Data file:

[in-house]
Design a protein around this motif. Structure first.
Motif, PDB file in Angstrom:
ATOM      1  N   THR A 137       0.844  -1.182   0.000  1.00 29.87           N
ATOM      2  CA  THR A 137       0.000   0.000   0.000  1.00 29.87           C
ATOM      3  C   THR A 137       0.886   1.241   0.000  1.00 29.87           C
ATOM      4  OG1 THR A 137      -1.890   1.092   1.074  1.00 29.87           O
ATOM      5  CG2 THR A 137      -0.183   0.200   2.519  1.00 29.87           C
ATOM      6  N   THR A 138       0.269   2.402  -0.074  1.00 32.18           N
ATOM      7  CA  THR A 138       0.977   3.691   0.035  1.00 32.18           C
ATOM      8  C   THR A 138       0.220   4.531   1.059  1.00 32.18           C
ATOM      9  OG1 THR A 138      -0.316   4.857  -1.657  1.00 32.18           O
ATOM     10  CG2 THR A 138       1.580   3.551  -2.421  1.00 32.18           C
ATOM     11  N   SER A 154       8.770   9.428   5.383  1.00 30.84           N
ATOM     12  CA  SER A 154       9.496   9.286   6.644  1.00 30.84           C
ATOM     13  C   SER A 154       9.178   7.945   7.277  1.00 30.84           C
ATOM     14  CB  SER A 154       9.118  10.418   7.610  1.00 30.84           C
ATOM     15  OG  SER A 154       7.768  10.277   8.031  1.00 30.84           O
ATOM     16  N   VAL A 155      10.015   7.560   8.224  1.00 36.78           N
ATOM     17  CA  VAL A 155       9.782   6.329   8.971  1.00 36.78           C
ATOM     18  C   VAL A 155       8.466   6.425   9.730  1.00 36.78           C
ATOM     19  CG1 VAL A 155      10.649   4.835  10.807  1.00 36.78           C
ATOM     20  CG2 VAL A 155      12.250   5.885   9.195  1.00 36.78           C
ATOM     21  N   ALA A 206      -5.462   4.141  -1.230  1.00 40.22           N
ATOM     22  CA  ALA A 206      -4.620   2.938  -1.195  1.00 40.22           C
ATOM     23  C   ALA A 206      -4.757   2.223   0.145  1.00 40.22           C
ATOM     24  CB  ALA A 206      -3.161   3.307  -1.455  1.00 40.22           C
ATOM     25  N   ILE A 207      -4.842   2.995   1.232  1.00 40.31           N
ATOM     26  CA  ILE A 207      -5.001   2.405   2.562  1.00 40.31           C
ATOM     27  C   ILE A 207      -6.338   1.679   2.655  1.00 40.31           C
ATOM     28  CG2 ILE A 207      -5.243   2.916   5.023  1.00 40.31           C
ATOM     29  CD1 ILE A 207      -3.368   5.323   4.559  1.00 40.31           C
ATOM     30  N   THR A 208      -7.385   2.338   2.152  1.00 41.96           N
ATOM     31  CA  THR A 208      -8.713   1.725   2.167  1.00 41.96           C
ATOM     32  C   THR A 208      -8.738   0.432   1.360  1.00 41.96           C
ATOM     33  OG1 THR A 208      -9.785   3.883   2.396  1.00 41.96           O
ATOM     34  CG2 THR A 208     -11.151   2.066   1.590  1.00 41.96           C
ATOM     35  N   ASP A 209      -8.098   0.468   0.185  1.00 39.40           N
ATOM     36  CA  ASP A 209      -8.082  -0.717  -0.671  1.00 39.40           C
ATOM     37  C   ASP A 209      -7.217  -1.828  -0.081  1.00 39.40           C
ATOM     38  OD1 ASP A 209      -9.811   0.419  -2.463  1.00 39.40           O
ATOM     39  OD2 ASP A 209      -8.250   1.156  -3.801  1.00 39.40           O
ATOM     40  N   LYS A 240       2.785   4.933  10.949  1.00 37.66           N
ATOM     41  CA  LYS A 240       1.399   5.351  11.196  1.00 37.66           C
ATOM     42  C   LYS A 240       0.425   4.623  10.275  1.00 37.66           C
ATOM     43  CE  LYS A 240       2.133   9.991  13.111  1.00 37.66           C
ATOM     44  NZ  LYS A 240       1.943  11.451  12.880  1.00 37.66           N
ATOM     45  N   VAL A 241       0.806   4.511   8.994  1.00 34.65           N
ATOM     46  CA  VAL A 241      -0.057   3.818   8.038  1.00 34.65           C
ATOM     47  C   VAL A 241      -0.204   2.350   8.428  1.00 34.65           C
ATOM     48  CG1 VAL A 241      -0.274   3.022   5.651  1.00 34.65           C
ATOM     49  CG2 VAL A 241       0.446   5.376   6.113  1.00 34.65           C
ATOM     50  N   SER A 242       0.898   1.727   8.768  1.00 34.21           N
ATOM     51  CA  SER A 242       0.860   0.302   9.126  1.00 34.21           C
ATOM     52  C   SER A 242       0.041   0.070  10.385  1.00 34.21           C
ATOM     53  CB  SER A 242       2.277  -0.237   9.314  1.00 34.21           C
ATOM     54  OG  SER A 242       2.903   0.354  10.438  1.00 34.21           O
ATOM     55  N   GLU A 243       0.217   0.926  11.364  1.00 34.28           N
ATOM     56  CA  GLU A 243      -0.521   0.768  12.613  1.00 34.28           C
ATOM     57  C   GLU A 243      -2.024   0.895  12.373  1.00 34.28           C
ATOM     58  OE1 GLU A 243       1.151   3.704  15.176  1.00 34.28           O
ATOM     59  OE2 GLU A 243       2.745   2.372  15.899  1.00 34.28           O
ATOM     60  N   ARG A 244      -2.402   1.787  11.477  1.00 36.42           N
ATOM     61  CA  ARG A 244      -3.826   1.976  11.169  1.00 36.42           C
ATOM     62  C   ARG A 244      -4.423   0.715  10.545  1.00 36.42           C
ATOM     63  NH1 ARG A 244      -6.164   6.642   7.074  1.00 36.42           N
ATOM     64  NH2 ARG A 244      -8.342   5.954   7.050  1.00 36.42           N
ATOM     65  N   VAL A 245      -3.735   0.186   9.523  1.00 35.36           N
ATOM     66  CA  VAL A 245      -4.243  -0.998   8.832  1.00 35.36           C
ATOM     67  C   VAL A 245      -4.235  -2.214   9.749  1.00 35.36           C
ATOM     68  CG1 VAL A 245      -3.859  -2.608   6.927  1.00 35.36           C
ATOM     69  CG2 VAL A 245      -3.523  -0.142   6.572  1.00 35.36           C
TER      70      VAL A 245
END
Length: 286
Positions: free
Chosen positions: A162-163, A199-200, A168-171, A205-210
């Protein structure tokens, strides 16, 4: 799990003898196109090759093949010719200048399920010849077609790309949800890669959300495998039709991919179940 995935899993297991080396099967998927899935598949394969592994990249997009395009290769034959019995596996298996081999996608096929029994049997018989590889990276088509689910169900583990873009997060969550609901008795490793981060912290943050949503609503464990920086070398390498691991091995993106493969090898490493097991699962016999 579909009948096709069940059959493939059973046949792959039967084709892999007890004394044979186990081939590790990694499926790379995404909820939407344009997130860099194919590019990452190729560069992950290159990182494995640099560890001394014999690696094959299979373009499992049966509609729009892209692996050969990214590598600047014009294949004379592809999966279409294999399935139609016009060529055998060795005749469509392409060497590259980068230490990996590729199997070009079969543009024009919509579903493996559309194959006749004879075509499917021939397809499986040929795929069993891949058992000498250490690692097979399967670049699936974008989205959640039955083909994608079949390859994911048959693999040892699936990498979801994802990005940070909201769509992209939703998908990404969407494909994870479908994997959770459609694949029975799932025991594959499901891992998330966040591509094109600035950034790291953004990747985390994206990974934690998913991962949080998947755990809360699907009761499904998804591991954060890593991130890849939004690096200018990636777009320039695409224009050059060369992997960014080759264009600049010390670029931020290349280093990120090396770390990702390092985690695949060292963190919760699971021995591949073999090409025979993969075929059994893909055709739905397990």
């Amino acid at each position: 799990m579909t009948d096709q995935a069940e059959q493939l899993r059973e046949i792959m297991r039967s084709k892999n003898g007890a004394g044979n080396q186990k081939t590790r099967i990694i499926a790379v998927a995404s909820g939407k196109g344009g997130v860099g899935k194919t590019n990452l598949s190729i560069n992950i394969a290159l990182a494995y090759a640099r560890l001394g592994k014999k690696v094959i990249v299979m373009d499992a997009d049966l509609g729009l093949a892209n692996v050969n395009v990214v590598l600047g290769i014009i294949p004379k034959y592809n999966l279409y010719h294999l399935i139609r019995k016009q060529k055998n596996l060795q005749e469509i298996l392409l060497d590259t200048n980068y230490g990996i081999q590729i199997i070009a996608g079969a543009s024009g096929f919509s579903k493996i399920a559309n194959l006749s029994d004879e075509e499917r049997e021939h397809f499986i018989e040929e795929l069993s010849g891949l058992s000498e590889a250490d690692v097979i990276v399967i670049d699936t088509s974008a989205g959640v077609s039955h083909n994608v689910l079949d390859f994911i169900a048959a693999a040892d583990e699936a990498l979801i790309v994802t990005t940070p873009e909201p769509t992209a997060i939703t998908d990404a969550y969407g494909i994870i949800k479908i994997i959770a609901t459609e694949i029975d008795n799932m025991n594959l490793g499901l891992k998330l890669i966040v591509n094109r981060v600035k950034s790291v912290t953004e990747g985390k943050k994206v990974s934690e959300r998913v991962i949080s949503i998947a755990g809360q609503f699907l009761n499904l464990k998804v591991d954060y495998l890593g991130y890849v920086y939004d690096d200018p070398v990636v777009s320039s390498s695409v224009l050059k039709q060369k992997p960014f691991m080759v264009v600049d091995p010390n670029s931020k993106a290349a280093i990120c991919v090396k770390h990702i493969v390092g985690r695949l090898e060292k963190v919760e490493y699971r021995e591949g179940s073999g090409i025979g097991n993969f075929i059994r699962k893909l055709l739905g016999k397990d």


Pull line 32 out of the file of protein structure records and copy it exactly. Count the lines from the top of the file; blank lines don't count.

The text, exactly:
ATOM     29  CD1 ILE A 207      -3.368   5.323   4.559  1.00 40.31           C